• Let’s actually implement a few of the 9th graders’ shark-tank style sustainability pitches

  • Let’s turn the Spangler lights out at night.

  • Let’s work out our quarrel with the composting company.

  • Let’s buckle down on our recycling.

  • Let’s plant rain gardens to absorb runoff before it reaches Pimmit

  • Let’s invest in at least a few hybrid buses.

  • Let’s cap the roofs with solar panels.

  • Let’s aim for Net-0 carbon emissions by 2030 (and until then, attempt to offset our emissions.)

These latter initiatives sound expensive. Admittedly, they are–in the short-term. But in the long-term, paying back the earth pays Potomac, too. And even though, evidently, the adults on this planet don’t speak, “the apocalypse is now!”, they certainly speak “$$$!” So let’s talk savings.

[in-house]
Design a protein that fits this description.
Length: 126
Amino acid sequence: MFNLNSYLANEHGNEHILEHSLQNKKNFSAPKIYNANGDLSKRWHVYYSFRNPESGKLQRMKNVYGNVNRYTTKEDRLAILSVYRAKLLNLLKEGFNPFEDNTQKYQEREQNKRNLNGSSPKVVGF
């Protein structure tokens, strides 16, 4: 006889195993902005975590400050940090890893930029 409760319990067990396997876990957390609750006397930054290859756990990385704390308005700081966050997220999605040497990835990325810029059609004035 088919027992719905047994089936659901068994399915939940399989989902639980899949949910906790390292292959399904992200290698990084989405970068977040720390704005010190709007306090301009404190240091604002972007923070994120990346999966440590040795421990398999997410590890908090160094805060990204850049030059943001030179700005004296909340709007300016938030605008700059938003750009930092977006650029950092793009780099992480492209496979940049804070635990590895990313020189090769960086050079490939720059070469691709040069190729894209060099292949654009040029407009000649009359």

According to the Biden-Harris administration action plan for building better school infrastructure, energy is the second largest expense for public schools, after salaries, totaling 8 billion dollars a year. Investing in solar panels can save our school alone up to 8 million dollars over the next 30 years. According to Generation 180, if all of the nation’s K-12 public schools adopted solar energy, we’d save 60 million metric tons of carbon emissions per year.

In lower income school districts, especially those that have historically relied on revenue from the coal industry, investing in renewable energy is a lifeline. If cash-strapped coal mining counties are investing in solar panels for their schools, why can’t Potomac roll up its sleeves and do it too?